Stable Value Funds vs. Money Market Funds in 401k Plans

Understanding the interplay of volatility, liquidity… and safety

by Steve Selengut

Mr. Selengut is a private investor and a contributing editor to LIFE&Health Advisor. He is the author of the book ‘The Brainwashing of the American Investor: The book that Wall Street does not want you to read.’ He can be reached at [email protected]

An interesting debate; so let’s deal with it from an investment manager’s perspective.

I recently compared the two with respect to three MCIM (Market Cycle Investment Management) collective funds. These are individual security content funds, containing mostly Investment Grade Value Stock Index (IGVSI) companies and a broad variety of Income CEFs.

Would currently higher yielding (2%) Stable Value Funds (SVFs) be a viable alternative to currently stingy Money Market Funds (MMFs)?

MCIM managers view “cash” as a “temporary holding area” within the Equity Asset Allocation… derived from deposits, profits, dividends, and interest. During rallies, MMF balances are unusually large because few IGVSI companies are in buying range.

The fact that the income is minimal is more a political problem than an investment consideration. In the old days, when there were no MMFs, we held “zero return” cash. Why? Liquidity and safety. Liquidity is what a manager requires when “it” hits the fan and there are more lower priced IGVSI stocks to choose from.

As downturns progress, MMF cash is turned into new equity positions; the liquidity is our oxygen. SVFs can restrict large scale selling if they choose to, and redemption losses are actually possible. For a hands on investment manager, these are deal breakers… and here’s why.

The MCIM “equity bucket” objective is to be near fully invested before a correction ends and totally liquid in “Nirvana” conditions where every stock has been sold profitably and no qualifying IGVSI stocks are at reasonable prices.

Interplay of volatility, liquidity

The other consideration is the very idea of “stable value” as an objective… a concept that could only make the most insecure fiduciary more comfortable. Managers thrive on volatility, and their actions demand liquidity. Market values of all securities vary cyclically, and we view this as a good thing.

The fact that the income is minimal is more a political problem than an investment consideration

Equity bucket market value fluctuations are opportunities; income bucket market value fluctuations are even greater opportunities. Simply put, we buy equities for profit and income securities for income, and we make both volatility and market value fluctuation our VBFs.

The focus on short-term changes in market value is the greater (and not debated, ever) issue…. it’s all wrong. Benefit program focus needs to be on security selection quality and income generation, and although SVFs pay multiples of MMFs right now… where will they be when short term rates rise.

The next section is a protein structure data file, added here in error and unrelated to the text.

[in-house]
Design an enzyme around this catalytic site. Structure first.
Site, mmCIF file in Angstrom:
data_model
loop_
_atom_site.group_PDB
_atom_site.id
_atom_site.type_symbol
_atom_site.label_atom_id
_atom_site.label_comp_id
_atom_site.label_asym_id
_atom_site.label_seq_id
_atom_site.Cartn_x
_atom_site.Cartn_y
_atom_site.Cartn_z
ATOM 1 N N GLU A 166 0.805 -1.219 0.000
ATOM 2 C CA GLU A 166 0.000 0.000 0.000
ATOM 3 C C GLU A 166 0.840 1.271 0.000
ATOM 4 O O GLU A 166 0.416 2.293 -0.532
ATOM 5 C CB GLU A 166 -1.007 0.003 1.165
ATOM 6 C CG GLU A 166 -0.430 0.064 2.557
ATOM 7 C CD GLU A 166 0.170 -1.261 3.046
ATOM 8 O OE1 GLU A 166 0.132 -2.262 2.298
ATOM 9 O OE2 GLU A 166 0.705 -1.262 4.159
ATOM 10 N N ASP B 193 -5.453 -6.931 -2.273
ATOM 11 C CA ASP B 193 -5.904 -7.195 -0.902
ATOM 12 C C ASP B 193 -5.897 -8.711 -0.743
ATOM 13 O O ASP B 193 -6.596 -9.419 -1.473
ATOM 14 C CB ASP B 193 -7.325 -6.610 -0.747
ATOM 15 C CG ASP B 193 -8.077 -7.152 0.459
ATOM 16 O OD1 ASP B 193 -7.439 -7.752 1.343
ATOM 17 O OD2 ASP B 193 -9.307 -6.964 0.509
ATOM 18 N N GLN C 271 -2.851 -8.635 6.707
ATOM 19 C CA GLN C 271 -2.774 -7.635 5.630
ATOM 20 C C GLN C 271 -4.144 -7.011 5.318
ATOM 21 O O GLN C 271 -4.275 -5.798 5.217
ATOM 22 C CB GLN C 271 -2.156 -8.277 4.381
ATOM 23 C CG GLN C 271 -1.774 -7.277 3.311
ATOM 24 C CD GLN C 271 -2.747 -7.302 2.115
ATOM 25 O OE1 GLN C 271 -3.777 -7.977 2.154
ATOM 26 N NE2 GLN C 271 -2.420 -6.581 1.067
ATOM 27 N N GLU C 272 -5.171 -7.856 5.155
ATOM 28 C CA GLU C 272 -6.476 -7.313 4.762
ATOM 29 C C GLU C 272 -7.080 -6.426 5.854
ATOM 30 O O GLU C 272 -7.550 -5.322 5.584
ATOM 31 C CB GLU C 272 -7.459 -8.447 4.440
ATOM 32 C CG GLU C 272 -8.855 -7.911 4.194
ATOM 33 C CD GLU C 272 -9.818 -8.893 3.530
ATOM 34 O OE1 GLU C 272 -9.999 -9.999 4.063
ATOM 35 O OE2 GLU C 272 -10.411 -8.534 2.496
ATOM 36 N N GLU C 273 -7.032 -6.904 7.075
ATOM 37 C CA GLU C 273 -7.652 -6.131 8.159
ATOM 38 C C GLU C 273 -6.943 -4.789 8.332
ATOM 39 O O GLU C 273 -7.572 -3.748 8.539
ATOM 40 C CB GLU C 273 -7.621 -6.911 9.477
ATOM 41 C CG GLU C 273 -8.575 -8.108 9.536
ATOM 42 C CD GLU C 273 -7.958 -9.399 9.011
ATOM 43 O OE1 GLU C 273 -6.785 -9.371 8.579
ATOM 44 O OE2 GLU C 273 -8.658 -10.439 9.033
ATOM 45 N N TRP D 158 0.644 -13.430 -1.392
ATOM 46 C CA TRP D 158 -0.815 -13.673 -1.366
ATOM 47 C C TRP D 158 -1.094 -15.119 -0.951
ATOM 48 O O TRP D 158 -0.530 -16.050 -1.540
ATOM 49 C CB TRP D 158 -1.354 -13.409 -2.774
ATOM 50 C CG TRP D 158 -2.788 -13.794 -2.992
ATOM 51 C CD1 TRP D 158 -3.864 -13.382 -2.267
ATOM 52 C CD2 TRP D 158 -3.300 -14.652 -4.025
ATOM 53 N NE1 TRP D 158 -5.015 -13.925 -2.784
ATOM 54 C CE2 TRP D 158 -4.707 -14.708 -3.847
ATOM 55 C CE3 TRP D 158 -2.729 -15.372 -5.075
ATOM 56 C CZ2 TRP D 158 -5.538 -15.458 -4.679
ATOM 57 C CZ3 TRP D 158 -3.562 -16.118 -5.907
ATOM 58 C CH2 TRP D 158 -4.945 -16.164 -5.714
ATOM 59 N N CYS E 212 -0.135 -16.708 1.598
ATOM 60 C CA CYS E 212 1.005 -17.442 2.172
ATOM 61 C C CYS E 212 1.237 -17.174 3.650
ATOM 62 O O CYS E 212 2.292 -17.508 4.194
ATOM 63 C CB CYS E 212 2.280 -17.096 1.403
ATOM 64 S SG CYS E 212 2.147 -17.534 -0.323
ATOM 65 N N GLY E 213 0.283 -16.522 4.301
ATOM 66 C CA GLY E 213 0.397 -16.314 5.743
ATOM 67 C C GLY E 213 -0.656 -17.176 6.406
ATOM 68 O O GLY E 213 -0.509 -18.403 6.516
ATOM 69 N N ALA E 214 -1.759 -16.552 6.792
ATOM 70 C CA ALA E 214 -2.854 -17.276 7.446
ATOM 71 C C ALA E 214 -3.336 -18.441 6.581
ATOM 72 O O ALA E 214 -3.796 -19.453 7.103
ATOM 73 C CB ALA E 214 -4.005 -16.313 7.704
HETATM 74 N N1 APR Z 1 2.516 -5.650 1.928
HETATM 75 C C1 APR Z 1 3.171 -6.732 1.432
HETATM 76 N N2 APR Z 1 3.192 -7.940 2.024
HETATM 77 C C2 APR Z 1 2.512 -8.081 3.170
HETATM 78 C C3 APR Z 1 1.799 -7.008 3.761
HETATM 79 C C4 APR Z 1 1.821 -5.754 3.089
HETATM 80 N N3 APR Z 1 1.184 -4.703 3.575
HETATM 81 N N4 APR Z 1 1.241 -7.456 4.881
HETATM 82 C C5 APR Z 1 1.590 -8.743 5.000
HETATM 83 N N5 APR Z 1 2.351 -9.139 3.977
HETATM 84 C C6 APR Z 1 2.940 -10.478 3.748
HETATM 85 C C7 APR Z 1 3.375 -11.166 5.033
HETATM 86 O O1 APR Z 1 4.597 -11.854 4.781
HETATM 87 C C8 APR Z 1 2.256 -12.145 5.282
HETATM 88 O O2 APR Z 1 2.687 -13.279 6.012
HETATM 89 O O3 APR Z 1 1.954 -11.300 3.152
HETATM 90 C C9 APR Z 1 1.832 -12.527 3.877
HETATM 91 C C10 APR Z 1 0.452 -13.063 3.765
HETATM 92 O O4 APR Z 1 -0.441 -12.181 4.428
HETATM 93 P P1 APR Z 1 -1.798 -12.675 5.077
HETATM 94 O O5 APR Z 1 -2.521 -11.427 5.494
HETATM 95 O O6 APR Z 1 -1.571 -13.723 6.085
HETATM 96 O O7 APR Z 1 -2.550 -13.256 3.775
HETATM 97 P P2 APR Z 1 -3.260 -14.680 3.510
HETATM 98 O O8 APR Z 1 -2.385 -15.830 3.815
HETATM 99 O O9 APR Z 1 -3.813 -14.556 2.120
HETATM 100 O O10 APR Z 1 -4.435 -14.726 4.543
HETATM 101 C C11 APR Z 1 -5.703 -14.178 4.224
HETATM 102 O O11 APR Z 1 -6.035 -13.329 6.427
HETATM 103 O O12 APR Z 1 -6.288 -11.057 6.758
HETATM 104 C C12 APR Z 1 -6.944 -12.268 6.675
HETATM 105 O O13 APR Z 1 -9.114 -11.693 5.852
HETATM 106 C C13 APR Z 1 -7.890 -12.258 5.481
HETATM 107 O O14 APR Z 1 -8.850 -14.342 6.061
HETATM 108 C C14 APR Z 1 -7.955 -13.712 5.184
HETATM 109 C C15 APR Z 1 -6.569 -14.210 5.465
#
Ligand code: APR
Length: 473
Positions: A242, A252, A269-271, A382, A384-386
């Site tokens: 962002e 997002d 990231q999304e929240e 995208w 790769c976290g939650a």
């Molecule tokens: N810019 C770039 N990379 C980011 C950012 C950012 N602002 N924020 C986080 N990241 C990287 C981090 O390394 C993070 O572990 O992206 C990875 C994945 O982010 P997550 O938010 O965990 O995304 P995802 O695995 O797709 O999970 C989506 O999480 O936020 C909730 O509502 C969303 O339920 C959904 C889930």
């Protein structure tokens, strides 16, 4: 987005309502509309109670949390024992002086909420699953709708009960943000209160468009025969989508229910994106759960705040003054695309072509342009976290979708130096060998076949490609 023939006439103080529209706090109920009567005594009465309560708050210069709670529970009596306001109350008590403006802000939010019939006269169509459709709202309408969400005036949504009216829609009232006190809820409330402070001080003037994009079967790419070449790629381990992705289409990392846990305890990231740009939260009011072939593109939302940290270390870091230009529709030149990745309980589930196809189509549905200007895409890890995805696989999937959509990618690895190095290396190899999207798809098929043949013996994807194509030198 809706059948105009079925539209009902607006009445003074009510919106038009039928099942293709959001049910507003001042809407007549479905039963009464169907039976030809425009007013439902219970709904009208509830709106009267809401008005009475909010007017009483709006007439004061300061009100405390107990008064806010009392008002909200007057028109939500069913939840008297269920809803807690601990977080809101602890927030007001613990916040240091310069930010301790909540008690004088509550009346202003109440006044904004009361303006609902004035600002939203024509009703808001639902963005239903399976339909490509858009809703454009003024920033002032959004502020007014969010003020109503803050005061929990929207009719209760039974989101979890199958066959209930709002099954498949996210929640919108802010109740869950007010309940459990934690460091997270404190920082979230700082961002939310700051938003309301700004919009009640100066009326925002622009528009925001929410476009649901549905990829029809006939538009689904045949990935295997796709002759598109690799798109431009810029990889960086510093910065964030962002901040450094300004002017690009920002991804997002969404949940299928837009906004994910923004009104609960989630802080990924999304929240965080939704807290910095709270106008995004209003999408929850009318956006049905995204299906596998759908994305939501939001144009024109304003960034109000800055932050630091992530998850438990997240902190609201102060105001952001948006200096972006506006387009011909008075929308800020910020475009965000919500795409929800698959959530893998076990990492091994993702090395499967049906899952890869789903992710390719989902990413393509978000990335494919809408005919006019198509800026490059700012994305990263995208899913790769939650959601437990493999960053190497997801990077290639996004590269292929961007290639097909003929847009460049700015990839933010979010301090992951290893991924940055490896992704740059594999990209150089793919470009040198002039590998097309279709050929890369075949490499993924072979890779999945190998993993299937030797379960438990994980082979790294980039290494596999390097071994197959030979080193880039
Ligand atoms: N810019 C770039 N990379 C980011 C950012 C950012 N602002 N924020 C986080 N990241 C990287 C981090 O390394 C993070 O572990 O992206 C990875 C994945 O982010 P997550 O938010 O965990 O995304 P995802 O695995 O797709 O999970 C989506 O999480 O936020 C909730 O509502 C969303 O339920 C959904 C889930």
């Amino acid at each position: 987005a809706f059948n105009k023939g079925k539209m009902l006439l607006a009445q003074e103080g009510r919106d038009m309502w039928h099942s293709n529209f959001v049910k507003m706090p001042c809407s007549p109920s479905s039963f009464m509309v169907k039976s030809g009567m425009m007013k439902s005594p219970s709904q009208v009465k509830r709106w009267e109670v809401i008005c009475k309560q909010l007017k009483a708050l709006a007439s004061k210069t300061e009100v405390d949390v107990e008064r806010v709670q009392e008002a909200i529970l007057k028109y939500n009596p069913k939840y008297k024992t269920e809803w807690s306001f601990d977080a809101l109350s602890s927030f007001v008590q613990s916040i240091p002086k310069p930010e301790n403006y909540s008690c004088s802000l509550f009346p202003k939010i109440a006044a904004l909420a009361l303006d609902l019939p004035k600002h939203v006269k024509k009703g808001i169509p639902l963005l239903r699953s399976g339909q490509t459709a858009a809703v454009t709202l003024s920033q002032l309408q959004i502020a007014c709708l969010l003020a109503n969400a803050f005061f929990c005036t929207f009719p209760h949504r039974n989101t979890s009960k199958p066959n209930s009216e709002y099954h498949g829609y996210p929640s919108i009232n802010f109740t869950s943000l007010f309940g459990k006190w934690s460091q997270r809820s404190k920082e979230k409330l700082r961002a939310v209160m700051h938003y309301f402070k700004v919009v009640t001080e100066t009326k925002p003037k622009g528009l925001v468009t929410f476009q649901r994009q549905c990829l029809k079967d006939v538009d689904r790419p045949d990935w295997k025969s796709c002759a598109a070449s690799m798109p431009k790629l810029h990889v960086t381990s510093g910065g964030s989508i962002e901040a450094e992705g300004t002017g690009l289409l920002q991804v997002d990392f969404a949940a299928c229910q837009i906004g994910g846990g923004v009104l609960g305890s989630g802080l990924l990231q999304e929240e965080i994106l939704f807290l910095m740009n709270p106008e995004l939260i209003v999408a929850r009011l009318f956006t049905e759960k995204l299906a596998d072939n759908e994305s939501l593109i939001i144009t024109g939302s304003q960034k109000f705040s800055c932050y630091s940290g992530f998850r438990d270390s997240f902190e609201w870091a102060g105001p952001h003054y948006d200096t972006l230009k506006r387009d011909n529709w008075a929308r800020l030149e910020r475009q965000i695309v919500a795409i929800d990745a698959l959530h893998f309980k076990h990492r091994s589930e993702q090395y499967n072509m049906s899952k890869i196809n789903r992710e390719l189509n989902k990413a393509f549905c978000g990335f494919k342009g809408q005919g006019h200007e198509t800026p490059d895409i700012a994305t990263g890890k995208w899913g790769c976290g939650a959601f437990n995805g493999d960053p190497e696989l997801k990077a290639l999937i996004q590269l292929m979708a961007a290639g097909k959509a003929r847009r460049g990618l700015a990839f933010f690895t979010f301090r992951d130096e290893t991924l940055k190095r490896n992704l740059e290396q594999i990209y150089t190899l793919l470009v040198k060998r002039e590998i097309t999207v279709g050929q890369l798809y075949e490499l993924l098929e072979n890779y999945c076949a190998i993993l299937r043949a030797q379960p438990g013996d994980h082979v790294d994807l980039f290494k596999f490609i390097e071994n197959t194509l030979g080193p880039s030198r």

MMF cash is not part of the portfolio “income bucket”… what really should be concerning fiduciaries is the absence of 7%+ (currently) income Closed End Funds in their selection menus. CEFs produce multiples of both SVFs and MMFs.

Actually, at numbers between 6% and 9%, income CEFs provide multiples of target and income fund yields as well.

The very forces that will raise the yield of MMFs, will probably produce the lower priced IGVSI equity prices that MCIM managers need to put their cash stash back to work… SVFs won’t facilitate that effort. If rates rise rapidly, the SVF may not be quite as stable as fiduciaries would like it to be.

Providers of SVFs, target term funds, and ordinary income funds have one thing in common: they invest in income securities with an eye toward market value instead of a focus on income production.

Preparing the retiring client

If they were preparing an individual portfolio for a retiring client, one would hope that they would approach the problem with the opposite perspective.

I, for one, don’t obsess on the current market value of my portfolio of high quality, average 7.5% or so, monthly income, CEFs. If some of the prices rise, as they have been this year, I can sell them for profits (think about getting a year’s interest in advance to compound).

When prices fall, as they did for most of 2013, I can add to positions to increase yield while reducing cost basis per share… tough to do with individual issue bonds.

But the most important element of all, the portfolio income, is better than stable… it’s actually growing, and a perfect vehicle for benefit plans that are dedicated to the “retirement readiness” of participants.

For now, and again from an MCIM perspective: SVFs aren’t liquid enough for the equity bucket or high yielding enough for the income bucket. If we are trying to make defined contribution plans more like pension plans, we need to focus more on growing the income and less on short term changes in market value.

… and if we could get an income product that’s convertible to a personal income portfolio? Hmmmm.